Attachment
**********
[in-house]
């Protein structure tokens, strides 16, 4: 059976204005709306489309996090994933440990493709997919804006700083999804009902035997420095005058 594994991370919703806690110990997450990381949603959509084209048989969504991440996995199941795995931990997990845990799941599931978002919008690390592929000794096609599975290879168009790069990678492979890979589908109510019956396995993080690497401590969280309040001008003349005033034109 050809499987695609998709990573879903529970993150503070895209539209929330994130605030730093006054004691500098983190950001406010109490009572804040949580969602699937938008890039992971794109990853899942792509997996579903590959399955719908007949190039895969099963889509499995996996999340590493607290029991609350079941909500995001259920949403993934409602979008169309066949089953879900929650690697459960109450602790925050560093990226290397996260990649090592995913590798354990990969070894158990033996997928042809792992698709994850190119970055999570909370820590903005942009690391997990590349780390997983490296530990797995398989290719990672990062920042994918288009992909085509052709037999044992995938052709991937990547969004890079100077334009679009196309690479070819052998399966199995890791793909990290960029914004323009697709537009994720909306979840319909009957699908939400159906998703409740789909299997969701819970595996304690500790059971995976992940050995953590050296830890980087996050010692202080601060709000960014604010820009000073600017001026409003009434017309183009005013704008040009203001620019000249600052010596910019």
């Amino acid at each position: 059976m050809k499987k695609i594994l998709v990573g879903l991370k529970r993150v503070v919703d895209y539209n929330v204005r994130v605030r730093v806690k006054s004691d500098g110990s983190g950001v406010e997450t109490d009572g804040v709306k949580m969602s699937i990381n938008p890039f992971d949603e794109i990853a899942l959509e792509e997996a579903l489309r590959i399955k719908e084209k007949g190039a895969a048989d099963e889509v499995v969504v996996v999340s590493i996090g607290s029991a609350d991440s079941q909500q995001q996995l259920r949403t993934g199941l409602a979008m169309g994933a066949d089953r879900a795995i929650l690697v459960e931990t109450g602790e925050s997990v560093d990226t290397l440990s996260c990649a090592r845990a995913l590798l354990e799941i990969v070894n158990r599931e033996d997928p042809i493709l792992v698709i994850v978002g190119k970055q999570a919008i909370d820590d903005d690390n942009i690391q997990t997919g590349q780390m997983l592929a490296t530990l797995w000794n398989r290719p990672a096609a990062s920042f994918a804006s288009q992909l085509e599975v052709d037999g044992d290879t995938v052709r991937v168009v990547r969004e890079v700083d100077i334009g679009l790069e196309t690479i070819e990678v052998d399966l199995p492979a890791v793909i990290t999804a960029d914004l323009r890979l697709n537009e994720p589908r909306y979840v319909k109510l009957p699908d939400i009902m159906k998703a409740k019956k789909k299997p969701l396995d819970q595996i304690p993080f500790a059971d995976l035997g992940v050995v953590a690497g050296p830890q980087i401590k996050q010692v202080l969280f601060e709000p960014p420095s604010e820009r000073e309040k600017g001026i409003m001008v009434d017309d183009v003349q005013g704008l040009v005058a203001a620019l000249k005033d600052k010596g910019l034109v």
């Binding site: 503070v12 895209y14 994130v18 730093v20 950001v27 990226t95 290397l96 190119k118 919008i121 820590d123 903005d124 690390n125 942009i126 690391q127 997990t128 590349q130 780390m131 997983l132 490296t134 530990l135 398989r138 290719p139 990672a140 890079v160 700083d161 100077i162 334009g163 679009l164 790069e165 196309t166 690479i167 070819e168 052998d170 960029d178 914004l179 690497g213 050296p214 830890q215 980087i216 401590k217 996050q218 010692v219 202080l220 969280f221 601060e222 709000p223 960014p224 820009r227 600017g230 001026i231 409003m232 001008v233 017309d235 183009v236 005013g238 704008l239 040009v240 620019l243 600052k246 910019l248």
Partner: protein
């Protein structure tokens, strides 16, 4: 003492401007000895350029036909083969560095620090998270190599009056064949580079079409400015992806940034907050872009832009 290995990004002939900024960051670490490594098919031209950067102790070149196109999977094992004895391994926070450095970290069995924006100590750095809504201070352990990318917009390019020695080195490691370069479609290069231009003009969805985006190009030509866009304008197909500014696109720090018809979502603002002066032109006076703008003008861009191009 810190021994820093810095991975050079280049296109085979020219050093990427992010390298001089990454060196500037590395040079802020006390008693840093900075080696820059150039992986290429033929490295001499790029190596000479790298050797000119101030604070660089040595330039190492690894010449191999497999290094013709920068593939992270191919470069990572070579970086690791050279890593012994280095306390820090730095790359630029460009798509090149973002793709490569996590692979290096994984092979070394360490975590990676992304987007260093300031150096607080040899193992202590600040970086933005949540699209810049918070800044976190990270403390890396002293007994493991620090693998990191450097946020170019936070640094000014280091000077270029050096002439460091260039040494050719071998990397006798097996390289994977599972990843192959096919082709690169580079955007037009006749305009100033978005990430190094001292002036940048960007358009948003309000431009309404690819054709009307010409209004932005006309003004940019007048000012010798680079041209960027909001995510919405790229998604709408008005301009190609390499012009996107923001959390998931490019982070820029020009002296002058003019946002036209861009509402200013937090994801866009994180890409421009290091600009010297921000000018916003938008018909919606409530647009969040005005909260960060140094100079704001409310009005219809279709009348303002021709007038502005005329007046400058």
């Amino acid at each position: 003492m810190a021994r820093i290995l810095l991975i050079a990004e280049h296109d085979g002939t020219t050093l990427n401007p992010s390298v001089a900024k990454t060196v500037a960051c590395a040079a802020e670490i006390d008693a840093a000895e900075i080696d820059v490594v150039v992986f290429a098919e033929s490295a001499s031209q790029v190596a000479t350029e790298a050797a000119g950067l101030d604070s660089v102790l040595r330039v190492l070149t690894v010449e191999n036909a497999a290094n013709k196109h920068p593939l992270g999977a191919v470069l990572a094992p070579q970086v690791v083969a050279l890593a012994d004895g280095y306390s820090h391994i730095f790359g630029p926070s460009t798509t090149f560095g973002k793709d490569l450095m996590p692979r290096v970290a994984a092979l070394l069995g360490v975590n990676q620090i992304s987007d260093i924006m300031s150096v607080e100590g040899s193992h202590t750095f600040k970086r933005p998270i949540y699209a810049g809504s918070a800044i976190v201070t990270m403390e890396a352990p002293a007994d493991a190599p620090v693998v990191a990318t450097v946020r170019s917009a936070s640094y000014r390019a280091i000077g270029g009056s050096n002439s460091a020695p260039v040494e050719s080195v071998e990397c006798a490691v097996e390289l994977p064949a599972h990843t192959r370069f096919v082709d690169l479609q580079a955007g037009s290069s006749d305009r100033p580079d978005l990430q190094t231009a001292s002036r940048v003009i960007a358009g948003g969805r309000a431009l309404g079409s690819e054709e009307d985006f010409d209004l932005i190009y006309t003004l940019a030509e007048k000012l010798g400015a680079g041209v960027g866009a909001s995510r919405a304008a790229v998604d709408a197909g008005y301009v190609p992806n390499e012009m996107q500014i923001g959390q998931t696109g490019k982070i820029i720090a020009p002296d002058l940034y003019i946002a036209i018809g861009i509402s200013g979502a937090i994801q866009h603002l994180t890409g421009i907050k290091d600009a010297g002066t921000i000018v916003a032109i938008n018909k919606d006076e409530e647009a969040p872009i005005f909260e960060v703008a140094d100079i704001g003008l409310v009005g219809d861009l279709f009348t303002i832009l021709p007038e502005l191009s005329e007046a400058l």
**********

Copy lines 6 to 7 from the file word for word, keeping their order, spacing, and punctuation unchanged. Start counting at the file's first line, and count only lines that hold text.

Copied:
């Protein structure tokens, strides 16, 4: 003492401007000895350029036909083969560095620090998270190599009056064949580079079409400015992806940034907050872009832009 290995990004002939900024960051670490490594098919031209950067102790070149196109999977094992004895391994926070450095970290069995924006100590750095809504201070352990990318917009390019020695080195490691370069479609290069231009003009969805985006190009030509866009304008197909500014696109720090018809979502603002002066032109006076703008003008861009191009 810190021994820093810095991975050079280049296109085979020219050093990427992010390298001089990454060196500037590395040079802020006390008693840093900075080696820059150039992986290429033929490295001499790029190596000479790298050797000119101030604070660089040595330039190492690894010449191999497999290094013709920068593939992270191919470069990572070579970086690791050279890593012994280095306390820090730095790359630029460009798509090149973002793709490569996590692979290096994984092979070394360490975590990676992304987007260093300031150096607080040899193992202590600040970086933005949540699209810049918070800044976190990270403390890396002293007994493991620090693998990191450097946020170019936070640094000014280091000077270029050096002439460091260039040494050719071998990397006798097996390289994977599972990843192959096919082709690169580079955007037009006749305009100033978005990430190094001292002036940048960007358009948003309000431009309404690819054709009307010409209004932005006309003004940019007048000012010798680079041209960027909001995510919405790229998604709408008005301009190609390499012009996107923001959390998931490019982070820029020009002296002058003019946002036209861009509402200013937090994801866009994180890409421009290091600009010297921000000018916003938008018909919606409530647009969040005005909260960060140094100079704001409310009005219809279709009348303002021709007038502005005329007046400058």
């Amino acid at each position: 003492m810190a021994r820093i290995l810095l991975i050079a990004e280049h296109d085979g002939t020219t050093l990427n401007p992010s390298v001089a900024k990454t060196v500037a960051c590395a040079a802020e670490i006390d008693a840093a000895e900075i080696d820059v490594v150039v992986f290429a098919e033929s490295a001499s031209q790029v190596a000479t350029e790298a050797a000119g950067l101030d604070s660089v102790l040595r330039v190492l070149t690894v010449e191999n036909a497999a290094n013709k196109h920068p593939l992270g999977a191919v470069l990572a094992p070579q970086v690791v083969a050279l890593a012994d004895g280095y306390s820090h391994i730095f790359g630029p926070s460009t798509t090149f560095g973002k793709d490569l450095m996590p692979r290096v970290a994984a092979l070394l069995g360490v975590n990676q620090i992304s987007d260093i924006m300031s150096v607080e100590g040899s193992h202590t750095f600040k970086r933005p998270i949540y699209a810049g809504s918070a800044i976190v201070t990270m403390e890396a352990p002293a007994d493991a190599p620090v693998v990191a990318t450097v946020r170019s917009a936070s640094y000014r390019a280091i000077g270029g009056s050096n002439s460091a020695p260039v040494e050719s080195v071998e990397c006798a490691v097996e390289l994977p064949a599972h990843t192959r370069f096919v082709d690169l479609q580079a955007g037009s290069s006749d305009r100033p580079d978005l990430q190094t231009a001292s002036r940048v003009i960007a358009g948003g969805r309000a431009l309404g079409s690819e054709e009307d985006f010409d209004l932005i190009y006309t003004l940019a030509e007048k000012l010798g400015a680079g041209v960027g866009a909001s995510r919405a304008a790229v998604d709408a197909g008005y301009v190609p992806n390499e012009m996107q500014i923001g959390q998931t696109g490019k982070i820029i720090a020009p002296d002058l940034y003019i946002a036209i018809g861009i509402s200013g979502a937090i994801q866009h603002l994180t890409g421009i907050k290091d600009a010297g002066t921000i000018v916003a032109i938008n018909k919606d006076e409530e647009a969040p872009i005005f909260e960060v703008a140094d100079i704001g003008l409310v009005g219809d861009l279709f009348t303002i832009l021709p007038e502005l191009s005329e007046a400058l």